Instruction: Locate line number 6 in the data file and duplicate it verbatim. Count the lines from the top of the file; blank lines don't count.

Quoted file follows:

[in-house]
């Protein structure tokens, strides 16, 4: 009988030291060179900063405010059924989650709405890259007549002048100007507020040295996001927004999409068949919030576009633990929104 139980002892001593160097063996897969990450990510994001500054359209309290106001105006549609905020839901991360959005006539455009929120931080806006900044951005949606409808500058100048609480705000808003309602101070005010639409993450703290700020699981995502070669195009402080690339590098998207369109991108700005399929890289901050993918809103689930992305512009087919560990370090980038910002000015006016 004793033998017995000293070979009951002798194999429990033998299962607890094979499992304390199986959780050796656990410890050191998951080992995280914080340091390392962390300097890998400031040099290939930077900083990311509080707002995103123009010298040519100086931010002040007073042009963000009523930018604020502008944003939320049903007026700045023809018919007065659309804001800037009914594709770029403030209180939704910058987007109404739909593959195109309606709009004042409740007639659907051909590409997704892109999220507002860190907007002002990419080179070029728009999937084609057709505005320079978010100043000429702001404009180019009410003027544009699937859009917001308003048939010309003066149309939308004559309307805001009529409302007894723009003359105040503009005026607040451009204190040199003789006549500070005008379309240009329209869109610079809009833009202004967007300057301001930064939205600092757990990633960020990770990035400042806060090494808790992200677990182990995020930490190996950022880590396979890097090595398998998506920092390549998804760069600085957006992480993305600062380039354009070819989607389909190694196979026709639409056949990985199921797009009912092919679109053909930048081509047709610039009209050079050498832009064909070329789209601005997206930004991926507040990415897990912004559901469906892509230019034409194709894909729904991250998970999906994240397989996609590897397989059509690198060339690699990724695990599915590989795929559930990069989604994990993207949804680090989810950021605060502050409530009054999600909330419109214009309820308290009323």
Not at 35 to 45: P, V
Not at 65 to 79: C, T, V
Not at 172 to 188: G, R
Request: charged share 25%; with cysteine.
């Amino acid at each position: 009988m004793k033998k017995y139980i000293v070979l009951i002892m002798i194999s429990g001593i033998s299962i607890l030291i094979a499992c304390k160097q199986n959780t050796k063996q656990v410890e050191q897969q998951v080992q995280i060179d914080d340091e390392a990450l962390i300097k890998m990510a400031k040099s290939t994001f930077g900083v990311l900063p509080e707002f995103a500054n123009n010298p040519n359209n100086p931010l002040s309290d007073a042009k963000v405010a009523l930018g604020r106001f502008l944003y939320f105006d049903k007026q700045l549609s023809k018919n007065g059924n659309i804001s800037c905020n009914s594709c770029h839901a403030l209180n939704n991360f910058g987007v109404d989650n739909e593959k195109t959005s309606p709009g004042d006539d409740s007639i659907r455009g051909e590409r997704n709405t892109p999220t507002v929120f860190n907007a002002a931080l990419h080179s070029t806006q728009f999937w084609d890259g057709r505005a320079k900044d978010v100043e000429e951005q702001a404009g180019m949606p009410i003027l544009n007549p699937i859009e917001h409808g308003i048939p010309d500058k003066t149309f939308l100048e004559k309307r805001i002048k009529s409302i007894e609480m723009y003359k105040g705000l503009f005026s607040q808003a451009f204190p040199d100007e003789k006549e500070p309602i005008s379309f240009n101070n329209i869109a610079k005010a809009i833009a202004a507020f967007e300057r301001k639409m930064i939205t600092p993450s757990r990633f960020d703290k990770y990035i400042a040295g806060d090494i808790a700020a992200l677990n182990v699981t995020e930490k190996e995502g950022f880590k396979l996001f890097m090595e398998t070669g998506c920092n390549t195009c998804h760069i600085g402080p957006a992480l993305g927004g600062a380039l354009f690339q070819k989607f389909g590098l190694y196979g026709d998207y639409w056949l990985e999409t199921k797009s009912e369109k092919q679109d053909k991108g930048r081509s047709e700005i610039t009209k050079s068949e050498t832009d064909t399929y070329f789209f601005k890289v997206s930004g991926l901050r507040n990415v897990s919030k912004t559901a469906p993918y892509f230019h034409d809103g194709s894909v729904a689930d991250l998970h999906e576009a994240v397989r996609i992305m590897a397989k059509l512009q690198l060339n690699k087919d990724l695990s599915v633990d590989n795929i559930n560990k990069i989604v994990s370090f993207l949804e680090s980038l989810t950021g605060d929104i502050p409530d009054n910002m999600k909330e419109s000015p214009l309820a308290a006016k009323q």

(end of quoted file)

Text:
Request: charged share 25%; with cysteine.